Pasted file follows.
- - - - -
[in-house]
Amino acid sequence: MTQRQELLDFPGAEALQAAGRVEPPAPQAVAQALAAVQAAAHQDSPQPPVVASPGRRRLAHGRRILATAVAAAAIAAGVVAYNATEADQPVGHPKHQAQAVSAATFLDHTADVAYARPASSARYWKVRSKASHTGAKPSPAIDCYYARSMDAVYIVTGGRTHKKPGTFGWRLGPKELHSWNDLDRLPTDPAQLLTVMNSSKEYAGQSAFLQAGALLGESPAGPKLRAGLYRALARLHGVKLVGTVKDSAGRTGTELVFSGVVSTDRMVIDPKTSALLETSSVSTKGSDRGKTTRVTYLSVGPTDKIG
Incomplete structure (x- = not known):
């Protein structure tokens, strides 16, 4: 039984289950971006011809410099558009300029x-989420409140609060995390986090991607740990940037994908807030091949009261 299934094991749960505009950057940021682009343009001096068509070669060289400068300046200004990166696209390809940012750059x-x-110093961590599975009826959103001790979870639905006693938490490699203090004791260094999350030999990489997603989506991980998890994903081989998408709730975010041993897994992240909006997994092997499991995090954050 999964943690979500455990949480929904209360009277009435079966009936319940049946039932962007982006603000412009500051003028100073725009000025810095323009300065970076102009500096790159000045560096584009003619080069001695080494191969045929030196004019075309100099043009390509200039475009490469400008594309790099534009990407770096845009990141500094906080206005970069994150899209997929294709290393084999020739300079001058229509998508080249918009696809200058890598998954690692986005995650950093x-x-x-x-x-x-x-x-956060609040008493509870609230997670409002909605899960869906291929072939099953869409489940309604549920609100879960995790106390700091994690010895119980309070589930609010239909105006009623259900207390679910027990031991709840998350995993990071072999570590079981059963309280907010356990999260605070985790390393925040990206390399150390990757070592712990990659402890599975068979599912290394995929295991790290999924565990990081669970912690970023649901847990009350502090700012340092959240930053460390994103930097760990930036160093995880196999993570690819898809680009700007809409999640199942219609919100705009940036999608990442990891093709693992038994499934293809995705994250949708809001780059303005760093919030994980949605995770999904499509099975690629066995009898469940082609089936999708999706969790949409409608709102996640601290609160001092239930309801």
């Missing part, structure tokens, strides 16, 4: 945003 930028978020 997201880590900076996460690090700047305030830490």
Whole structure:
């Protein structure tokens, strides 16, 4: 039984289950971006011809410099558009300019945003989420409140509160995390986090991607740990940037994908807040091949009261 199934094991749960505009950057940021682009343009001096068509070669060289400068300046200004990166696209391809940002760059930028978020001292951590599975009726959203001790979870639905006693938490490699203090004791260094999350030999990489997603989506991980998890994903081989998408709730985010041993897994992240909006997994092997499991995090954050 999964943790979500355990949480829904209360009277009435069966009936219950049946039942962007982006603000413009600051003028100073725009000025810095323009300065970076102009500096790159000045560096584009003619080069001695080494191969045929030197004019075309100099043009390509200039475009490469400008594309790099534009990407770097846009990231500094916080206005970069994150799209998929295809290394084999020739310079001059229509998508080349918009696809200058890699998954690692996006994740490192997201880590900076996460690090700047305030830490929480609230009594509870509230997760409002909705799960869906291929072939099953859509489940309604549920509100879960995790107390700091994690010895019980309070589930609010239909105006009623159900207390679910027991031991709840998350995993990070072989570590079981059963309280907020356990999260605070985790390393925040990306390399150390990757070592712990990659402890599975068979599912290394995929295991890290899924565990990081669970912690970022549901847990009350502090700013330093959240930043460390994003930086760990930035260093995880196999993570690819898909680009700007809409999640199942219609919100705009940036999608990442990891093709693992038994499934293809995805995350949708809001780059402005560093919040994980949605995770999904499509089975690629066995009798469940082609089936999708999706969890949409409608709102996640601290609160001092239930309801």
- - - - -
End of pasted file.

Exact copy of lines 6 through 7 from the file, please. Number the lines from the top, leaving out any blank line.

Whole structure:
């Protein structure tokens, strides 16, 4: 039984289950971006011809410099558009300019945003989420409140509160995390986090991607740990940037994908807040091949009261 199934094991749960505009950057940021682009343009001096068509070669060289400068300046200004990166696209391809940002760059930028978020001292951590599975009726959203001790979870639905006693938490490699203090004791260094999350030999990489997603989506991980998890994903081989998408709730985010041993897994992240909006997994092997499991995090954050 999964943790979500355990949480829904209360009277009435069966009936219950049946039942962007982006603000413009600051003028100073725009000025810095323009300065970076102009500096790159000045560096584009003619080069001695080494191969045929030197004019075309100099043009390509200039475009490469400008594309790099534009990407770097846009990231500094916080206005970069994150799209998929295809290394084999020739310079001059229509998508080349918009696809200058890699998954690692996006994740490192997201880590900076996460690090700047305030830490929480609230009594509870509230997760409002909705799960869906291929072939099953859509489940309604549920509100879960995790107390700091994690010895019980309070589930609010239909105006009623159900207390679910027991031991709840998350995993990070072989570590079981059963309280907020356990999260605070985790390393925040990306390399150390990757070592712990990659402890599975068979599912290394995929295991890290899924565990990081669970912690970022549901847990009350502090700013330093959240930043460390994003930086760990930035260093995880196999993570690819898909680009700007809409999640199942219609919100705009940036999608990442990891093709693992038994499934293809995805995350949708809001780059402005560093919040994980949605995770999904499509089975690629066995009798469940082609089936999708999706969890949409409608709102996640601290609160001092239930309801």